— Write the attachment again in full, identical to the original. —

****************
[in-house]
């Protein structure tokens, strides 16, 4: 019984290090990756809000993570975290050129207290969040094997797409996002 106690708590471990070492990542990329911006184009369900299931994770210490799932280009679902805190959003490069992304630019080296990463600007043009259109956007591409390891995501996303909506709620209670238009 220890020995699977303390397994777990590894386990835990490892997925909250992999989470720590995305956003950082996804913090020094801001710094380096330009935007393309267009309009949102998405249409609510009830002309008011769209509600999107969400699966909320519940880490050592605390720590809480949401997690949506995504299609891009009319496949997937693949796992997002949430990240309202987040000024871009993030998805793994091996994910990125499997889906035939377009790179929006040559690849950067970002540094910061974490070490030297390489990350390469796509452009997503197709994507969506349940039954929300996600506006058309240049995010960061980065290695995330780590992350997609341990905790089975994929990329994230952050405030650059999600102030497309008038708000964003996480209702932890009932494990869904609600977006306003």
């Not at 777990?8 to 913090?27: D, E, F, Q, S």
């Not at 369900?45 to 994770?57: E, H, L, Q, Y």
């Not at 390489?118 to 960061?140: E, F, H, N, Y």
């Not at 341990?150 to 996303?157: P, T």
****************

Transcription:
[in-house]
């Protein structure tokens, strides 16, 4: 019984290090990756809000993570975290050129207290969040094997797409996002 106690708590471990070492990542990329911006184009369900299931994770210490799932280009679902805190959003490069992304630019080296990463600007043009259109956007591409390891995501996303909506709620209670238009 220890020995699977303390397994777990590894386990835990490892997925909250992999989470720590995305956003950082996804913090020094801001710094380096330009935007393309267009309009949102998405249409609510009830002309008011769209509600999107969400699966909320519940880490050592605390720590809480949401997690949506995504299609891009009319496949997937693949796992997002949430990240309202987040000024871009993030998805793994091996994910990125499997889906035939377009790179929006040559690849950067970002540094910061974490070490030297390489990350390469796509452009997503197709994507969506349940039954929300996600506006058309240049995010960061980065290695995330780590992350997609341990905790089975994929990329994230952050405030650059999600102030497309008038708000964003996480209702932890009932494990869904609600977006306003």
């Not at 777990?8 to 913090?27: D, E, F, Q, S």
């Not at 369900?45 to 994770?57: E, H, L, Q, Y």
């Not at 390489?118 to 960061?140: E, F, H, N, Y």
């Not at 341990?150 to 996303?157: P, T």